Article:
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Predicting response to somatostatin analogues in acromegaly: machine learning-based high-dimensional quantitative texture analysis on T2-weighted MRI

  • Burak Kocak
  • Emine Sebnem Durmaz
  • Pinar Kadioglu
  • Ozge Polat Korkmaz
  • Nil Comunoglu
  • Necmettin Tanriover
  • Naci Kocer
  • Civan Islak
  • Osman Kizilkilic
Neuro

Abstract

Objective

To investigate the value of machine learning (ML)-based high-dimensional quantitative texture analysis (qTA) on T2-weighted magnetic resonance imaging (MRI) in predicting response to somatostatin analogues (SA) in acromegaly patients with growth hormone (GH)-secreting pituitary macroadenoma, and to compare the qTA with quantitative and qualitative T2-weighted relative signal intensity (rSI) and immunohistochemical evaluation.

Methods

Forty-seven patients (24 responsive; 23 resistant patients to SA) were eligible for this retrospective study. Coronal T2-weighted images were used for qTA and rSI evaluation. The immunohistochemical evaluation was based on the granulation pattern of the adenomas. Dimension reduction was carried out by reproducibility analysis and wrapper-based algorithm. ML classifiers were k-nearest neighbours (k-NN) and C4.5 algorithm. The reference standard was the biochemical response status. Predictive performance of qTA was compared with those of the quantitative and qualitative rSI and immunohistochemical evaluation.

Results

Five hundred thirty-five out of 828 texture features had excellent reproducibility. For the qTA, k-NN correctly classified 85.1% of the macroadenomas regarding response to SAs with an area under the receiver operating characteristic curve (AUC-ROC) of 0.847. The accuracy and AUC-ROC ranges of the other methods were 57.4–70.2% and 0.575–0.704, respectively. Differences in predictive performance between qTA-based classification and the other methods were significant (p < 0.05).

Conclusions

The ML-based qTA of T2-weighted MRI is a potential non-invasive tool in predicting response to SAs in patients with acromegaly and GH-secreting pituitary macroadenoma. The method performed better than the qualitative and quantitative rSI and immunohistochemical evaluation.

Key Points

• Machine learning-based texture analysis of T2-weighted MRI can correctly classify response to somatostatin analogues in more than four fifths of the patients.

• Machine learning-based texture analysis performs better than qualitative and quantitative evaluation of relative T2 signal intensity and immunohistochemical evaluation.

• About one third of the texture features may not be excellently reproducible, indicating that a reliability analysis is necessary before model development.

Keywords

Acromegaly Growth hormone-secreting pituitary adenoma Machine learning Magnetic resonance imaging Somatostatin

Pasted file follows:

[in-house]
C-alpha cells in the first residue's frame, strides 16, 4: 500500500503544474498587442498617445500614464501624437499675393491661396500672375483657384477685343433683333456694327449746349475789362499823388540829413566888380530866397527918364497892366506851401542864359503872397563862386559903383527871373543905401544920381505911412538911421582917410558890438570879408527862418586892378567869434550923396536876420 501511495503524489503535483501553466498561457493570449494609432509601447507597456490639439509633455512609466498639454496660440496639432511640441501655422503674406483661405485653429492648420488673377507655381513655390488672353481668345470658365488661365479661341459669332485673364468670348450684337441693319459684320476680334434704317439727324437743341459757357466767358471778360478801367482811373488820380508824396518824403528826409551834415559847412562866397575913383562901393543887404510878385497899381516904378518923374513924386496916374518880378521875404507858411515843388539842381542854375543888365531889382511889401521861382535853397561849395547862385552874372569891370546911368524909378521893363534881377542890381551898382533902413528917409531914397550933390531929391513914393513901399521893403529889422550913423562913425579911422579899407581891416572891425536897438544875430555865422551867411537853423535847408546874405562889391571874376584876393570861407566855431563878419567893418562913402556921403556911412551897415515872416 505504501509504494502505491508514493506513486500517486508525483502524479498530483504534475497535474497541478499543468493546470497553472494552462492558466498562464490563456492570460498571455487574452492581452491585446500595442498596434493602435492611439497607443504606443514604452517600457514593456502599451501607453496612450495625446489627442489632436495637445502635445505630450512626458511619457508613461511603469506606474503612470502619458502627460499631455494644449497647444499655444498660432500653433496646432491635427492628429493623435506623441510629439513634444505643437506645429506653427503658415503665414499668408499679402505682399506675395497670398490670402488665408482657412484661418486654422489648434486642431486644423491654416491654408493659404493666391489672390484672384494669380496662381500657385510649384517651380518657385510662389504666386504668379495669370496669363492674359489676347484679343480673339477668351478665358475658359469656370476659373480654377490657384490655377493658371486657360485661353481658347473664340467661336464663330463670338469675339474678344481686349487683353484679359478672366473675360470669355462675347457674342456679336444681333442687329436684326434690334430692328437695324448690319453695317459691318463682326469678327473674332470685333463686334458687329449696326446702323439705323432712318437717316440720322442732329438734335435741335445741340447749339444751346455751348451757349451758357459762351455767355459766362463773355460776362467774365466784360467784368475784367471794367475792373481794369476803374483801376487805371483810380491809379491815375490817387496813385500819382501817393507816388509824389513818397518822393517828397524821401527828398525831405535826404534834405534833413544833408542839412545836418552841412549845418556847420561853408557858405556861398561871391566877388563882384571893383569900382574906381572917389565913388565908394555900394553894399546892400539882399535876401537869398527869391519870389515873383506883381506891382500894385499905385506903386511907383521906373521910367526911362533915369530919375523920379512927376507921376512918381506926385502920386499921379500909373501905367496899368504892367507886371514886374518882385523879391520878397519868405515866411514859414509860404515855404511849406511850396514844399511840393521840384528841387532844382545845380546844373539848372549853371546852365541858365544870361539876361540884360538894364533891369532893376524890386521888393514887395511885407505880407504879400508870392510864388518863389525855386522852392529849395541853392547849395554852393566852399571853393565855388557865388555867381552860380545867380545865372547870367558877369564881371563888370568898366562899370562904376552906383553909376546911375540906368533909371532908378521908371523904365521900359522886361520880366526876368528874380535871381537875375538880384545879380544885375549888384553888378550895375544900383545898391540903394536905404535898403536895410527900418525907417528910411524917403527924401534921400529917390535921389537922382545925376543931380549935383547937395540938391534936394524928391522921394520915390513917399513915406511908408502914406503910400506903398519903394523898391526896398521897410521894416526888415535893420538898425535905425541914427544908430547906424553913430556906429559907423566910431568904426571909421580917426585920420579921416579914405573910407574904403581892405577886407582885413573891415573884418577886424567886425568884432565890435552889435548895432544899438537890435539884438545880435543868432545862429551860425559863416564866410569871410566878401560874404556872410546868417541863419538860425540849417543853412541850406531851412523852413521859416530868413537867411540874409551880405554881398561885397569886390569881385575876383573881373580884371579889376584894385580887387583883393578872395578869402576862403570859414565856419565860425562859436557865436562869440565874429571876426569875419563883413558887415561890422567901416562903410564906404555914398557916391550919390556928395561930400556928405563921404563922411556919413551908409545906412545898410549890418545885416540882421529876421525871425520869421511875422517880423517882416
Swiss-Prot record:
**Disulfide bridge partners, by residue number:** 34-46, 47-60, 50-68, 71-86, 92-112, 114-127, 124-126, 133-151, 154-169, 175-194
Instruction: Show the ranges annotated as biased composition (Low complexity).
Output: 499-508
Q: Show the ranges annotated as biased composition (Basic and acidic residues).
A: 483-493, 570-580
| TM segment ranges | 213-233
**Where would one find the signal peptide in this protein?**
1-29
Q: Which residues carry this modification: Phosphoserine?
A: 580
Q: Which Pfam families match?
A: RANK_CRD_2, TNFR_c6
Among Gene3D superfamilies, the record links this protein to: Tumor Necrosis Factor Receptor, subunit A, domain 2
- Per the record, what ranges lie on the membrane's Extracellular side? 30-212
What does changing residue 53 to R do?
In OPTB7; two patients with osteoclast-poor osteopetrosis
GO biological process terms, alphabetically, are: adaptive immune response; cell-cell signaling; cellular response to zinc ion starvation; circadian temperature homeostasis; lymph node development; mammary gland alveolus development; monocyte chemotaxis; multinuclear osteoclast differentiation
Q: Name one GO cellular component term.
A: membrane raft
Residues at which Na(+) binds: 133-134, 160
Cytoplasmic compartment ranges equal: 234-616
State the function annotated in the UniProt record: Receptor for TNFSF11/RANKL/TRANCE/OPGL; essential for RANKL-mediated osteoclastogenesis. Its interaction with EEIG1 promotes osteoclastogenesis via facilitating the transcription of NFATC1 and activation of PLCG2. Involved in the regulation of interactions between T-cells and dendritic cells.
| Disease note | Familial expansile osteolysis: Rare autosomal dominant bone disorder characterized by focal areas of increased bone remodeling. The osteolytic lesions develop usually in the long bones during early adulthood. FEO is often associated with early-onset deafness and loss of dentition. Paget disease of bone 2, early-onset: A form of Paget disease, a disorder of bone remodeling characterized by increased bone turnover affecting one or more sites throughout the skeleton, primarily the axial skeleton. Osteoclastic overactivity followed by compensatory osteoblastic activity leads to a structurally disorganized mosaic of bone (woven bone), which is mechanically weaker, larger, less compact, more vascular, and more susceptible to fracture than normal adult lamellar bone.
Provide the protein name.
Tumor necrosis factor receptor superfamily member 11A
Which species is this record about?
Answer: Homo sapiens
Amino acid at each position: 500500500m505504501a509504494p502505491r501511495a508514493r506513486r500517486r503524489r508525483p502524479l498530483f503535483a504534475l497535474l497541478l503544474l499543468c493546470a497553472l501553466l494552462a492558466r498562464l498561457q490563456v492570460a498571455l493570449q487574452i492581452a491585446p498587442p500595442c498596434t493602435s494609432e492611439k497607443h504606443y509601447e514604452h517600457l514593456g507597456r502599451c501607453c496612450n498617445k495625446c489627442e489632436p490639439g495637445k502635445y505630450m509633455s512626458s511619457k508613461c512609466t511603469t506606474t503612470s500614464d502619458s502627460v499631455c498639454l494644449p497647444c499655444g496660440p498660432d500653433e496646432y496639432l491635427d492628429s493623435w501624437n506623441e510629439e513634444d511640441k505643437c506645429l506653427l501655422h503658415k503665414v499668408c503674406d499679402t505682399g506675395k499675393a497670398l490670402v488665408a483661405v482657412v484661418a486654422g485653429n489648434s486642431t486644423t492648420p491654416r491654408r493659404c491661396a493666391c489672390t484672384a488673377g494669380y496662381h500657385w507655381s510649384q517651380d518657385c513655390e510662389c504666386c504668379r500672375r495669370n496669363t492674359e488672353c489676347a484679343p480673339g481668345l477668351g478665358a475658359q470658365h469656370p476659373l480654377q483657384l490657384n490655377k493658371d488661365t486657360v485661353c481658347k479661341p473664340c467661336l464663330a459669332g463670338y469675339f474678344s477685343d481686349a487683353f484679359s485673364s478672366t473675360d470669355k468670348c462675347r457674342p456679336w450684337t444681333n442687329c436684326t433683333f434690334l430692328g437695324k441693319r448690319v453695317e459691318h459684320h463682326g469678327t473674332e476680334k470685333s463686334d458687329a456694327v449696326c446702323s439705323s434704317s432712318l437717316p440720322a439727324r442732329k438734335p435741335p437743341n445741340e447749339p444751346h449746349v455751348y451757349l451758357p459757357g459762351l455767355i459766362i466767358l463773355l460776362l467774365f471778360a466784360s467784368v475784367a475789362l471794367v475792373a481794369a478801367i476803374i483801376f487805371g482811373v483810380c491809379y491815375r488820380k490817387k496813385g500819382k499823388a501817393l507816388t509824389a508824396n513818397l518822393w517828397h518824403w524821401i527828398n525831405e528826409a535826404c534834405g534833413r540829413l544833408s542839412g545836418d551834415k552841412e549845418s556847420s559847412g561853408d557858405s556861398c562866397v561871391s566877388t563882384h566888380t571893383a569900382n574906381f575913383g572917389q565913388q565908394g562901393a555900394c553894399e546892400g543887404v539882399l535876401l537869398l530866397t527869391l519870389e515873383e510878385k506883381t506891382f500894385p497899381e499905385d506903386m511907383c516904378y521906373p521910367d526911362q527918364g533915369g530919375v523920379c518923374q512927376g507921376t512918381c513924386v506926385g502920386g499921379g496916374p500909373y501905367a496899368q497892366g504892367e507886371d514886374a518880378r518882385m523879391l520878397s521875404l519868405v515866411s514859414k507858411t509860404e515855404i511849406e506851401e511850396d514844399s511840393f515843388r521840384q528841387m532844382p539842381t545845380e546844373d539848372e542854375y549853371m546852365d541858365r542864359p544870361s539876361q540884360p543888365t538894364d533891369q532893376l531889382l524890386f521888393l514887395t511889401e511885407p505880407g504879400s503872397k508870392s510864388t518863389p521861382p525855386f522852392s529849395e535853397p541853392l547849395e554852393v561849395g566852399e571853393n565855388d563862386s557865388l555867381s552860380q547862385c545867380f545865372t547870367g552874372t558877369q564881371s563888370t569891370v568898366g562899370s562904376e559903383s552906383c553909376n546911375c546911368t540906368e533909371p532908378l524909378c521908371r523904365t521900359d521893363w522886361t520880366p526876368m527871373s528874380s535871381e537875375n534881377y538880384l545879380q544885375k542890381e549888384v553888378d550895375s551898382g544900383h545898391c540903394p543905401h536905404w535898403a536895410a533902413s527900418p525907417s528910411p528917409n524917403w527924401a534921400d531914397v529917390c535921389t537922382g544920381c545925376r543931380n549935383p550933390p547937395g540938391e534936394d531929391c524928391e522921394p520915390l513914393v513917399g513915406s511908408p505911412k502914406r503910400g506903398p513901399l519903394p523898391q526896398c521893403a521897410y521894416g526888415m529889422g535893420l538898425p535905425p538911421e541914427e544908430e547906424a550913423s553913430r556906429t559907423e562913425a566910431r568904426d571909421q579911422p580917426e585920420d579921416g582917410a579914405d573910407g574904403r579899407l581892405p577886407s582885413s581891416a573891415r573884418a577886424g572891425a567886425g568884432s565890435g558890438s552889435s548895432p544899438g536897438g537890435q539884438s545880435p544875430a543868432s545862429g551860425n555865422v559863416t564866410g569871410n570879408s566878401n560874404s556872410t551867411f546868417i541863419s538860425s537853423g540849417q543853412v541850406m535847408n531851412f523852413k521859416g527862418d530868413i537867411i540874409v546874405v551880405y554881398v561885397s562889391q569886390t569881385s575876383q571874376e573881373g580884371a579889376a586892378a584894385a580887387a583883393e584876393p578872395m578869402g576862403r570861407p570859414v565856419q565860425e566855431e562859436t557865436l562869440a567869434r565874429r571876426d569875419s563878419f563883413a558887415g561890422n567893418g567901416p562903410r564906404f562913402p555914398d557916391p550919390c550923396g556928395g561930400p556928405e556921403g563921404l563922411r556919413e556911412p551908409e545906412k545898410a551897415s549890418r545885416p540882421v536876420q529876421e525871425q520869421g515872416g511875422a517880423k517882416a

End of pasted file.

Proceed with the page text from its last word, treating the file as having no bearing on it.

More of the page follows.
Abbreviations

2D

Two-dimensional

3D

Three-dimensional

AUC-ROC

Area under the receiver operating characteristic curve

GH

Growth hormone

ICC

Intra-class correlation coefficient

IGF-1

Insulin-like growth factor-1

k-NN

k-nearest neighbours

LoG

Laplacian of Gaussian

ML

Machine learning

MRI

Magnetic resonance imaging

qTA

Quantitative texture analysis

ROI

Region of interest

rSI

Relative signal intensity

SA

Somatostatin analogue

SD

Standard deviation

WEKA

Waikato Environment for Knowledge Analysis

Notes

Funding

The authors state that this work has not received any funding.

Compliance with ethical standards

Guarantor

The scientific guarantor of this publication is Burak Kocak, MD.

Conflict of interest

The authors of this manuscript declare no relationships with any companies, whose products or services may be related to the subject matter of the article.

Statistics and biometry

One of the authors (Burak Kocak, MD) has significant statistical expertise.

Informed consent

Written informed consent was waived by the Institutional Review Board.

Ethical approval

Institutional Review Board approval was obtained.

Methodology

• retrospective

• diagnostic or prognostic study

• performed at one institution

Supplementary material

330_2018_5876_MOESM1_ESM.docx (20 kb)
ESM 1 (DOCX 20 kb)

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Copyright information

© European Society of Radiology 2018

Authors and Affiliations

  1. 1.Department of RadiologyIstanbul Training and Research HospitalIstanbulTurkey
  2. 2.Department of Radiology, Cerrahpasa Medical FacultyIstanbul University-CerrahpasaIstanbulTurkey
  3. 3.Department of Endocrinology and Metabolism, Cerrahpasa Medical FacultyIstanbul University-CerrahpasaIstanbulTurkey
  4. 4.Department of Pathology, Cerrahpasa Medical FacultyIstanbul University-CerrahpasaIstanbulTurkey
  5. 5.Department of Neurosurgery, Cerrahpasa Medical FacultyIstanbul University-CerrahpasaIstanbulTurkey

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